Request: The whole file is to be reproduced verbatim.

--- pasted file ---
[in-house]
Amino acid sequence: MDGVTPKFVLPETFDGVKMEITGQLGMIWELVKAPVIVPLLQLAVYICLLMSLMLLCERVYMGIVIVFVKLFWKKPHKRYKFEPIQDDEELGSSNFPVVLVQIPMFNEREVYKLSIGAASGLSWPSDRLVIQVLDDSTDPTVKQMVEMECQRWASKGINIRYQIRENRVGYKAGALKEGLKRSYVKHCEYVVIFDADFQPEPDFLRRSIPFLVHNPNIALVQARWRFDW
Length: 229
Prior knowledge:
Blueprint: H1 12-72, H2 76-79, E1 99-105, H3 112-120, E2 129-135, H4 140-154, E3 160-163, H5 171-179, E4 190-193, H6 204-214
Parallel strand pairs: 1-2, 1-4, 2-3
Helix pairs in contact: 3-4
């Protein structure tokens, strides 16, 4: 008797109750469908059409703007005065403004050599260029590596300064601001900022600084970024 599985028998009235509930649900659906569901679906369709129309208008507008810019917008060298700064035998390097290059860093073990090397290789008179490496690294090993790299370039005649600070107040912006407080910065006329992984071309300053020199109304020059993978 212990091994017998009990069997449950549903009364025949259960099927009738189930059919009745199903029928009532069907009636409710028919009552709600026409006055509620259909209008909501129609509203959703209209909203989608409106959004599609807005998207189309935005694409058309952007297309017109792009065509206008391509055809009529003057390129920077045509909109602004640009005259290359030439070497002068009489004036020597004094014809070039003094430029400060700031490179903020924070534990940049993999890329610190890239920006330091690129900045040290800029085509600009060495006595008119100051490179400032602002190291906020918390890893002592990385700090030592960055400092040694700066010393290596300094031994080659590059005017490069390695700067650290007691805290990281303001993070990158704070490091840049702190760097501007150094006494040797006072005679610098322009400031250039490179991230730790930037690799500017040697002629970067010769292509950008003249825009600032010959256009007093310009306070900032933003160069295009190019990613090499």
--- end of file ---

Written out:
[in-house]
Amino acid sequence: MDGVTPKFVLPETFDGVKMEITGQLGMIWELVKAPVIVPLLQLAVYICLLMSLMLLCERVYMGIVIVFVKLFWKKPHKRYKFEPIQDDEELGSSNFPVVLVQIPMFNEREVYKLSIGAASGLSWPSDRLVIQVLDDSTDPTVKQMVEMECQRWASKGINIRYQIRENRVGYKAGALKEGLKRSYVKHCEYVVIFDADFQPEPDFLRRSIPFLVHNPNIALVQARWRFDW
Length: 229
Prior knowledge:
Blueprint: H1 12-72, H2 76-79, E1 99-105, H3 112-120, E2 129-135, H4 140-154, E3 160-163, H5 171-179, E4 190-193, H6 204-214
Parallel strand pairs: 1-2, 1-4, 2-3
Helix pairs in contact: 3-4
């Protein structure tokens, strides 16, 4: 008797109750469908059409703007005065403004050599260029590596300064601001900022600084970024 599985028998009235509930649900659906569901679906369709129309208008507008810019917008060298700064035998390097290059860093073990090397290789008179490496690294090993790299370039005649600070107040912006407080910065006329992984071309300053020199109304020059993978 212990091994017998009990069997449950549903009364025949259960099927009738189930059919009745199903029928009532069907009636409710028919009552709600026409006055509620259909209008909501129609509203959703209209909203989608409106959004599609807005998207189309935005694409058309952007297309017109792009065509206008391509055809009529003057390129920077045509909109602004640009005259290359030439070497002068009489004036020597004094014809070039003094430029400060700031490179903020924070534990940049993999890329610190890239920006330091690129900045040290800029085509600009060495006595008119100051490179400032602002190291906020918390890893002592990385700090030592960055400092040694700066010393290596300094031994080659590059005017490069390695700067650290007691805290990281303001993070990158704070490091840049702190760097501007150094006494040797006072005679610098322009400031250039490179991230730790930037690799500017040697002629970067010769292509950008003249825009600032010959256009007093310009306070900032933003160069295009190019990613090499």